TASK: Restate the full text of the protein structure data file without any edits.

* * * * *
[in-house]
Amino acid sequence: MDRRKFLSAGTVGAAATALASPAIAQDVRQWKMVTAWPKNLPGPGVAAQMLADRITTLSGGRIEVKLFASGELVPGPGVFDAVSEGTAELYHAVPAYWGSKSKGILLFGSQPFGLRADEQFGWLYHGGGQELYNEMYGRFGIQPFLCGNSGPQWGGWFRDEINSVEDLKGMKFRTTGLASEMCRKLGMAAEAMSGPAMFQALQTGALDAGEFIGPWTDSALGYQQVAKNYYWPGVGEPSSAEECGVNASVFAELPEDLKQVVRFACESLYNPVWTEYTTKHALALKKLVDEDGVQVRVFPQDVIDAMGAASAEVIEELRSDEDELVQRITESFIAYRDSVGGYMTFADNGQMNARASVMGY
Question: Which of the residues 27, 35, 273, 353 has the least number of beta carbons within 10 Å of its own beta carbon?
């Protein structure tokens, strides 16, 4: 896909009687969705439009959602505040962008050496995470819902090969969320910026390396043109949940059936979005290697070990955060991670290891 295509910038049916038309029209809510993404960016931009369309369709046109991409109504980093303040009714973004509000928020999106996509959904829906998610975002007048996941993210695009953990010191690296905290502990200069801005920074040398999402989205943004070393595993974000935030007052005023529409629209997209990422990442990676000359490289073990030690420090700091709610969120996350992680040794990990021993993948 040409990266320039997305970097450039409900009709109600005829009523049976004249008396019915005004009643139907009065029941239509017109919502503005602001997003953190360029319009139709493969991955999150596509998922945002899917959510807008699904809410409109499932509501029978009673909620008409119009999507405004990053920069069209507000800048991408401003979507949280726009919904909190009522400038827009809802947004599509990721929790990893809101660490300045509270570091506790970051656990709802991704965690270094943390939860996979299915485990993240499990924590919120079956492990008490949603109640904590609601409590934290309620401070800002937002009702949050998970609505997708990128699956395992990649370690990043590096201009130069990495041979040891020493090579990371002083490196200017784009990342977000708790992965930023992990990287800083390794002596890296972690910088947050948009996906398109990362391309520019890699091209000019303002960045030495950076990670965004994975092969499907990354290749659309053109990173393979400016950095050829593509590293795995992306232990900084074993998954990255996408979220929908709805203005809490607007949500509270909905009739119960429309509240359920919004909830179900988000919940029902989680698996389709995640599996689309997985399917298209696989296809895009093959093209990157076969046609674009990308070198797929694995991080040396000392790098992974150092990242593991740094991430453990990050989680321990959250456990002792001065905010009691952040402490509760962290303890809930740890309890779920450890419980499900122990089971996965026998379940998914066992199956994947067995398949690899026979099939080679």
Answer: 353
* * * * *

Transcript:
[in-house]
Amino acid sequence: MDRRKFLSAGTVGAAATALASPAIAQDVRQWKMVTAWPKNLPGPGVAAQMLADRITTLSGGRIEVKLFASGELVPGPGVFDAVSEGTAELYHAVPAYWGSKSKGILLFGSQPFGLRADEQFGWLYHGGGQELYNEMYGRFGIQPFLCGNSGPQWGGWFRDEINSVEDLKGMKFRTTGLASEMCRKLGMAAEAMSGPAMFQALQTGALDAGEFIGPWTDSALGYQQVAKNYYWPGVGEPSSAEECGVNASVFAELPEDLKQVVRFACESLYNPVWTEYTTKHALALKKLVDEDGVQVRVFPQDVIDAMGAASAEVIEELRSDEDELVQRITESFIAYRDSVGGYMTFADNGQMNARASVMGY
Question: Which of the residues 27, 35, 273, 353 has the least number of beta carbons within 10 Å of its own beta carbon?
């Protein structure tokens, strides 16, 4: 896909009687969705439009959602505040962008050496995470819902090969969320910026390396043109949940059936979005290697070990955060991670290891 295509910038049916038309029209809510993404960016931009369309369709046109991409109504980093303040009714973004509000928020999106996509959904829906998610975002007048996941993210695009953990010191690296905290502990200069801005920074040398999402989205943004070393595993974000935030007052005023529409629209997209990422990442990676000359490289073990030690420090700091709610969120996350992680040794990990021993993948 040409990266320039997305970097450039409900009709109600005829009523049976004249008396019915005004009643139907009065029941239509017109919502503005602001997003953190360029319009139709493969991955999150596509998922945002899917959510807008699904809410409109499932509501029978009673909620008409119009999507405004990053920069069209507000800048991408401003979507949280726009919904909190009522400038827009809802947004599509990721929790990893809101660490300045509270570091506790970051656990709802991704965690270094943390939860996979299915485990993240499990924590919120079956492990008490949603109640904590609601409590934290309620401070800002937002009702949050998970609505997708990128699956395992990649370690990043590096201009130069990495041979040891020493090579990371002083490196200017784009990342977000708790992965930023992990990287800083390794002596890296972690910088947050948009996906398109990362391309520019890699091209000019303002960045030495950076990670965004994975092969499907990354290749659309053109990173393979400016950095050829593509590293795995992306232990900084074993998954990255996408979220929908709805203005809490607007949500509270909905009739119960429309509240359920919004909830179900988000919940029902989680698996389709995640599996689309997985399917298209696989296809895009093959093209990157076969046609674009990308070198797929694995991080040396000392790098992974150092990242593991740094991430453990990050989680321990959250456990002792001065905010009691952040402490509760962290303890809930740890309890779920450890419980499900122990089971996965026998379940998914066992199956994947067995398949690899026979099939080679």
Answer: 353